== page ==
Berta Cáccamo

Galeria Alfonso Alcolea

Berta Cáccamo exhibited nine canvases, each entitled SERNAM, after the industrial district outside Paris where they were realized. Designated with the Roman numerals I to IX, these paintings all suggest cold rainy days, morning snows, and the desolation of the outskirts. Their undifferentiated grounds are fixed in a prefigurative intermediary stage. Overcome by indeterminacy, the figures do not achieve a condition of “being”; they remain shadows of things on the verge of becoming, stains of a dream—indecipherable visions that attract with their silence and that one fears destroying with words.

There is a melancholy here of worlds not yet formed. Subtle phosphorescences and iridescences insinuate themselves like transparent evocations of aquatic life. Cáccamo treats the canvas as if it were as porous as blotting paper, and the unusual visual effects she achieves suggest watercolor on canvas. The wetness permeates and confounds everything, so that light and shade, day and night, infiltrate each other in an ambiguous liquid cycle. The memory of landscapes registers in the lines—the almost imperceptible fissues of the canvas or paper.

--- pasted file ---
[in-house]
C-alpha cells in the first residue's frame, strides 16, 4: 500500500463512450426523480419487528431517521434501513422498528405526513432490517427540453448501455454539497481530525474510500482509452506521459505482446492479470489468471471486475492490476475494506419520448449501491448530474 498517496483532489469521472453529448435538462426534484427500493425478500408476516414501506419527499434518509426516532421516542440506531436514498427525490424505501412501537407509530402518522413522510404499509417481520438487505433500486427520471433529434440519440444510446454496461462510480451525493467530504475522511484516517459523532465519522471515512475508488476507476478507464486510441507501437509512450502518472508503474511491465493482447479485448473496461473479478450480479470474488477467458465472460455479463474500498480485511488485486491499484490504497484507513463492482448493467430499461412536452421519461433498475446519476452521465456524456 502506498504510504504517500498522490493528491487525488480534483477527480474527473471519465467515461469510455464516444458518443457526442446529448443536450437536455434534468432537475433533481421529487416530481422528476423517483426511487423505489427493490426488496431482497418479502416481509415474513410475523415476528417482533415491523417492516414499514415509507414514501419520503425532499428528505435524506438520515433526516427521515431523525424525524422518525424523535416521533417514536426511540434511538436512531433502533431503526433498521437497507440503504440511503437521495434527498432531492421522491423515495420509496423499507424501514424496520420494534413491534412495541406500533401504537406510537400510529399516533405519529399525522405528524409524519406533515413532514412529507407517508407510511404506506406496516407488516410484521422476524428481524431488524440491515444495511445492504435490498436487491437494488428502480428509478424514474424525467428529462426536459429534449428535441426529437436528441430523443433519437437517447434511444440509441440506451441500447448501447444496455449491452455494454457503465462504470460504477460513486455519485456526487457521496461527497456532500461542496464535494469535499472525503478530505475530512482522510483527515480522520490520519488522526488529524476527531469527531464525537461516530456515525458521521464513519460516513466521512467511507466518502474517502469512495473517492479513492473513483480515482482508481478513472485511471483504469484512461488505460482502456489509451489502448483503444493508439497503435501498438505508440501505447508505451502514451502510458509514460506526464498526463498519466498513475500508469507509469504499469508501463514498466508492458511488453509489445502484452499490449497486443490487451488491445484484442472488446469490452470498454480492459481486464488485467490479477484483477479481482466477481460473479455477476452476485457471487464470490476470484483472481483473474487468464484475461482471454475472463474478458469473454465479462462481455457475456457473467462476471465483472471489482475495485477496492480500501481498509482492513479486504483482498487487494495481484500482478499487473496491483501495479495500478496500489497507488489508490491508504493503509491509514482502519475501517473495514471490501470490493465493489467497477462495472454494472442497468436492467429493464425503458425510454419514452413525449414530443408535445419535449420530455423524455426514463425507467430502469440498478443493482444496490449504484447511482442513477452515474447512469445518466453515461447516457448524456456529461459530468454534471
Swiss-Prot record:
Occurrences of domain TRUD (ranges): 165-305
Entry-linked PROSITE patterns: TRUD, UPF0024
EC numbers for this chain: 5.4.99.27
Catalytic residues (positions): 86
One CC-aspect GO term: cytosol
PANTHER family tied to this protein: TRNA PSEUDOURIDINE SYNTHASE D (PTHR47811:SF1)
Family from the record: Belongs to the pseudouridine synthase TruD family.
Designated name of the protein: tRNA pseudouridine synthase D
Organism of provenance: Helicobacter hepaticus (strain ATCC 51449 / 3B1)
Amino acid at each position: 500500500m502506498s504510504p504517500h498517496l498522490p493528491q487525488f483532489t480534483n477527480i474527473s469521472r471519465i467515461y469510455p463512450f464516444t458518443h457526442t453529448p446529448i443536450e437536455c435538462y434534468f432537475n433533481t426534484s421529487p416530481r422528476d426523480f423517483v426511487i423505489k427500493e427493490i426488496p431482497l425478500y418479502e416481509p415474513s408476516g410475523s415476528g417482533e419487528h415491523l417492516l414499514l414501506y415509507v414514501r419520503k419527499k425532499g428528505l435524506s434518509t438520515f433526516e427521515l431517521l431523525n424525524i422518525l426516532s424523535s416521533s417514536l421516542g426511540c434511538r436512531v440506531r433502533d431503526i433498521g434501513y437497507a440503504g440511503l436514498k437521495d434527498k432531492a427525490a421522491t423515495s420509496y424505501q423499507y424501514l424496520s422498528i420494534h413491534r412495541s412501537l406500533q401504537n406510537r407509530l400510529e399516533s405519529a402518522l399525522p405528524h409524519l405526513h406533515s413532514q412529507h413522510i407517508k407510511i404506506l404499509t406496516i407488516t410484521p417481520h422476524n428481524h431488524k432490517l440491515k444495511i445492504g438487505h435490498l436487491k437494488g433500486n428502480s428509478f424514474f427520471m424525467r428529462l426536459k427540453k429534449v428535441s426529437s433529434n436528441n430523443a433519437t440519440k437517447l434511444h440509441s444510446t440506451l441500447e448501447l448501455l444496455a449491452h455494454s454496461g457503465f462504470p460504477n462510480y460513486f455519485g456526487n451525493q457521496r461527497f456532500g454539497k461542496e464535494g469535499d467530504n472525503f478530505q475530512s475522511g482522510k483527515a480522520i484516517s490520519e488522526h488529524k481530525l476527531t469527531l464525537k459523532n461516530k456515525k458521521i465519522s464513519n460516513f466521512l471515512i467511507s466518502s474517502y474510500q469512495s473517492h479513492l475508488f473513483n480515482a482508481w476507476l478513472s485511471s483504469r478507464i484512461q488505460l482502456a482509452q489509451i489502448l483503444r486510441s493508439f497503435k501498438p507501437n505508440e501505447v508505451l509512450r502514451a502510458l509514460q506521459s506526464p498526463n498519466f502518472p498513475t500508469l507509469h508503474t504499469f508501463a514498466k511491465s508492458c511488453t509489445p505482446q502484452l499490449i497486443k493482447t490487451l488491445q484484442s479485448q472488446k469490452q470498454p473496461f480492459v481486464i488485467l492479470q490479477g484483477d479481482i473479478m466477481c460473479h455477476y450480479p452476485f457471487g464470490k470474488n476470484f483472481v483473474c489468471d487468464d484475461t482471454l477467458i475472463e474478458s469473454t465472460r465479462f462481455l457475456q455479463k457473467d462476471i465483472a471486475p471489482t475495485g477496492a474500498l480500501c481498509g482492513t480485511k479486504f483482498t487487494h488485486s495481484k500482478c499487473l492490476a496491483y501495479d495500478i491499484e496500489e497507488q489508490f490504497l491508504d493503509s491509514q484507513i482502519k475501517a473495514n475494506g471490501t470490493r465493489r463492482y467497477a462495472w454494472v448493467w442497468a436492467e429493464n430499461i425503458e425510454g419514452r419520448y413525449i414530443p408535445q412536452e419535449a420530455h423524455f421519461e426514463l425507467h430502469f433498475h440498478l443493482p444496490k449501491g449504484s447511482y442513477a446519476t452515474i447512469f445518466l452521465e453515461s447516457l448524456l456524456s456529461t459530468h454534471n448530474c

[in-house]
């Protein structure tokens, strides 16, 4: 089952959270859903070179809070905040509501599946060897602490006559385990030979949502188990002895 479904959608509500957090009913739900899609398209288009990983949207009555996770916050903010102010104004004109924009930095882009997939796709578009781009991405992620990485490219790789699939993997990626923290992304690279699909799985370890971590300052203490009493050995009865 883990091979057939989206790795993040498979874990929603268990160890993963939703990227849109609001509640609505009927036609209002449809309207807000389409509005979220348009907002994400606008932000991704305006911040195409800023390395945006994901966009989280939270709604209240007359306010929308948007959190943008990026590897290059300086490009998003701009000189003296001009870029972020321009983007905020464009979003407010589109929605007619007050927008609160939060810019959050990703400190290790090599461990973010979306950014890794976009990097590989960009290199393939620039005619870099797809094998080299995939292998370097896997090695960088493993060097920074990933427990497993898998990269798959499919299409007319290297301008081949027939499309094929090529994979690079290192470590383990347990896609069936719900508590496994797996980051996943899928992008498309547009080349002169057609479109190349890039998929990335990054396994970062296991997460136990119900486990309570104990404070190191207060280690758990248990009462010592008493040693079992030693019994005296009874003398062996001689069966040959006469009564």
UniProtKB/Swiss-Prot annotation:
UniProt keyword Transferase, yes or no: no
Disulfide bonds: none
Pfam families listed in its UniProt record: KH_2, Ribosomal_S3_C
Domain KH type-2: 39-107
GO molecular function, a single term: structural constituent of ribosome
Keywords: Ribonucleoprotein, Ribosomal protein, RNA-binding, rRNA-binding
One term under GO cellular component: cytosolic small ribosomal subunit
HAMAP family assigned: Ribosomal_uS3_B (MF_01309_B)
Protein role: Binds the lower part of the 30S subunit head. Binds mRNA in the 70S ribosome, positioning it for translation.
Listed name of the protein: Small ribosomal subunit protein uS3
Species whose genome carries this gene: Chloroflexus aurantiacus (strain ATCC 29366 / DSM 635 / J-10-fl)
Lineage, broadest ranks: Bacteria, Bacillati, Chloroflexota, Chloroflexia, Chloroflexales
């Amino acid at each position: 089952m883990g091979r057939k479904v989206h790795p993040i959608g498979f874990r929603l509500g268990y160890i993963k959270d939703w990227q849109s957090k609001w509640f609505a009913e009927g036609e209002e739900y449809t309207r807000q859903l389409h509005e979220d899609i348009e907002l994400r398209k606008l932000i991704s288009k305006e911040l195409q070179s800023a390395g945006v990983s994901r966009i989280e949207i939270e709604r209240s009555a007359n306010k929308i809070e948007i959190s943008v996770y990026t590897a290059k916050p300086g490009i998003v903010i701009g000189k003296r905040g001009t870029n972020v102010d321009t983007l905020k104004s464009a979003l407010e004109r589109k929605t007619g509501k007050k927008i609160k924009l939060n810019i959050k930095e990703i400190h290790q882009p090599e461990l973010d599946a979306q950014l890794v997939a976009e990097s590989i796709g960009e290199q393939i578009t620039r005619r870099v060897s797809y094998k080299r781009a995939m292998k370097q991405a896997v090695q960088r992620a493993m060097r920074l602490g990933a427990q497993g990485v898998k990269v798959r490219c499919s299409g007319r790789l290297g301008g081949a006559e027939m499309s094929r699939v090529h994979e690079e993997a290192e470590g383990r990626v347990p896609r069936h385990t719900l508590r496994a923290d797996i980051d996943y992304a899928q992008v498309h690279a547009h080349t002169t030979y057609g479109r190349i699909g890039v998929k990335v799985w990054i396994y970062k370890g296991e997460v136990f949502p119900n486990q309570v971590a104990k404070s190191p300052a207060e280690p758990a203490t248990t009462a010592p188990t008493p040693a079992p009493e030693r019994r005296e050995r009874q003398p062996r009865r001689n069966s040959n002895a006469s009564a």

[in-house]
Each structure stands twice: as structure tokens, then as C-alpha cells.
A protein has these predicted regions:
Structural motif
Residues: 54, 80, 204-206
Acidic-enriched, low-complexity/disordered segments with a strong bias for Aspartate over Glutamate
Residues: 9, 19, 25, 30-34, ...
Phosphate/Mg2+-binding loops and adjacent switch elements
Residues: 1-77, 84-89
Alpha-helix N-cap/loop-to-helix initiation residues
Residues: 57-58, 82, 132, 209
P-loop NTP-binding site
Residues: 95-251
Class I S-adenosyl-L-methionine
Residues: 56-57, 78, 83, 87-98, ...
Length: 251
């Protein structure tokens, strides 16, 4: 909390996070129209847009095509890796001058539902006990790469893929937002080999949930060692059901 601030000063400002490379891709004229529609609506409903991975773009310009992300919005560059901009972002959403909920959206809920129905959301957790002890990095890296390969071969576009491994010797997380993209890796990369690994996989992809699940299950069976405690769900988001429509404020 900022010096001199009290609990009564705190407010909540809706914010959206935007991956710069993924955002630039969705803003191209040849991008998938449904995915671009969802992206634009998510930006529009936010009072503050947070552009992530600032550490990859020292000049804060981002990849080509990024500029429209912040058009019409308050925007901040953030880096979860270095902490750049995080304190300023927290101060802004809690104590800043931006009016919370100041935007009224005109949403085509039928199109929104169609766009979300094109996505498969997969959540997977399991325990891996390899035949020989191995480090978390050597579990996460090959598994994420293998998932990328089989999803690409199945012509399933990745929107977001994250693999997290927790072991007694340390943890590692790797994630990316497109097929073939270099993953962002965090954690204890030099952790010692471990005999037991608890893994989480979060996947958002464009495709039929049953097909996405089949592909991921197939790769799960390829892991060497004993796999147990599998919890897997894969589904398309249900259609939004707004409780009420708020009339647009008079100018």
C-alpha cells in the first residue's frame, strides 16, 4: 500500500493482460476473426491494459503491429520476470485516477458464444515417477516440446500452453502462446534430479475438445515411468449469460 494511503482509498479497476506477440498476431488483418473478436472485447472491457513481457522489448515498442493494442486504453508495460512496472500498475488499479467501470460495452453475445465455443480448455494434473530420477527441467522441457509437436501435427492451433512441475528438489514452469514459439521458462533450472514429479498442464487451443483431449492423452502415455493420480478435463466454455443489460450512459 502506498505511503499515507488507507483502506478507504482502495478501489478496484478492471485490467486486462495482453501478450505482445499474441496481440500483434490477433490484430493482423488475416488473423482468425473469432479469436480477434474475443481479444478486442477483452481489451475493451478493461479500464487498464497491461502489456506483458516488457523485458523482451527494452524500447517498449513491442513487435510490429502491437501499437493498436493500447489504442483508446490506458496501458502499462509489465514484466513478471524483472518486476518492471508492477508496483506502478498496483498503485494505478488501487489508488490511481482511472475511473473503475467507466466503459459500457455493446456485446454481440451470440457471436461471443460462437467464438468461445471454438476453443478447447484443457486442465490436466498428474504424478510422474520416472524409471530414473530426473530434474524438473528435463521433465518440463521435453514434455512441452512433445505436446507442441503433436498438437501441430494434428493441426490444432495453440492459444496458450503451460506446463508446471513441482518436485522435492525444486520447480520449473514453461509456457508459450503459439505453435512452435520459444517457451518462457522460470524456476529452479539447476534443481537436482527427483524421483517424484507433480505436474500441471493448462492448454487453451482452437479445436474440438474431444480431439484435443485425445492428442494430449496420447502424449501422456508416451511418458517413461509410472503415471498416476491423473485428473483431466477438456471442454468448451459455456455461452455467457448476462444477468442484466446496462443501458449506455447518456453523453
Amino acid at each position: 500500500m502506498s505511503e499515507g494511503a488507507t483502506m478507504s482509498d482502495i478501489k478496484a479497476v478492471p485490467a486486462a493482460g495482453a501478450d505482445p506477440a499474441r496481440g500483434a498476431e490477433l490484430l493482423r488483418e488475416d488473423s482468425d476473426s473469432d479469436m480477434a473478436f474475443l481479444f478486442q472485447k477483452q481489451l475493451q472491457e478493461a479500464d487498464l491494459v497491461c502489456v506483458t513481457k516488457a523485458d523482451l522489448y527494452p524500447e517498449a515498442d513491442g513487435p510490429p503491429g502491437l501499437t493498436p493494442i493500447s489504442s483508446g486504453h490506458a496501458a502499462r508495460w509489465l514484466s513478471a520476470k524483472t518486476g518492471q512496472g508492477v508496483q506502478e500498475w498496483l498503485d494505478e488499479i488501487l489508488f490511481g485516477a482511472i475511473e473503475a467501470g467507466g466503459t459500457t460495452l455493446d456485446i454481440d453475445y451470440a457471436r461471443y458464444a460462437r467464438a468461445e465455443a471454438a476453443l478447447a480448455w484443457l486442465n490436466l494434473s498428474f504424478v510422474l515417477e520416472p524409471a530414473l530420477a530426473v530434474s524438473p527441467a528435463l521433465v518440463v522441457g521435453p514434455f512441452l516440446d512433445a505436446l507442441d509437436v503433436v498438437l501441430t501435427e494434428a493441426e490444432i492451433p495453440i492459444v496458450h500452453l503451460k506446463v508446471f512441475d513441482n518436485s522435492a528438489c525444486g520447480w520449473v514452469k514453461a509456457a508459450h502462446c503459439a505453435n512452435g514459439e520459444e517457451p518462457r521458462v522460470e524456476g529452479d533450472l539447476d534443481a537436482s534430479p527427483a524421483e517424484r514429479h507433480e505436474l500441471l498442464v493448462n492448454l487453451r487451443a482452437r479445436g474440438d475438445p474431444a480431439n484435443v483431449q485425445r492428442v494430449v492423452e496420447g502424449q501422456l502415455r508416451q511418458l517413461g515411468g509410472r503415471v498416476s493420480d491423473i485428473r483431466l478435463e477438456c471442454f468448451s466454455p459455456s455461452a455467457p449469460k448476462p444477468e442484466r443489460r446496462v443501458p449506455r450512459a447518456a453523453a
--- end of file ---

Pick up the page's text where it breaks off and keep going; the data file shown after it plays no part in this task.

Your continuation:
The force of Cáccamo’s images comes from an internal strength, and her work reveals a will to persevere. Cáccamo has known the solitude of her vocation in a city that is not hers, and perhaps it is her strength in the face of of this sort of adversity that supplies the stimulus that enables her to follow her enviable trajectory and to continue painting.

Menene Gras Balaguer

Translated from the Spanish by Hanna Hannah.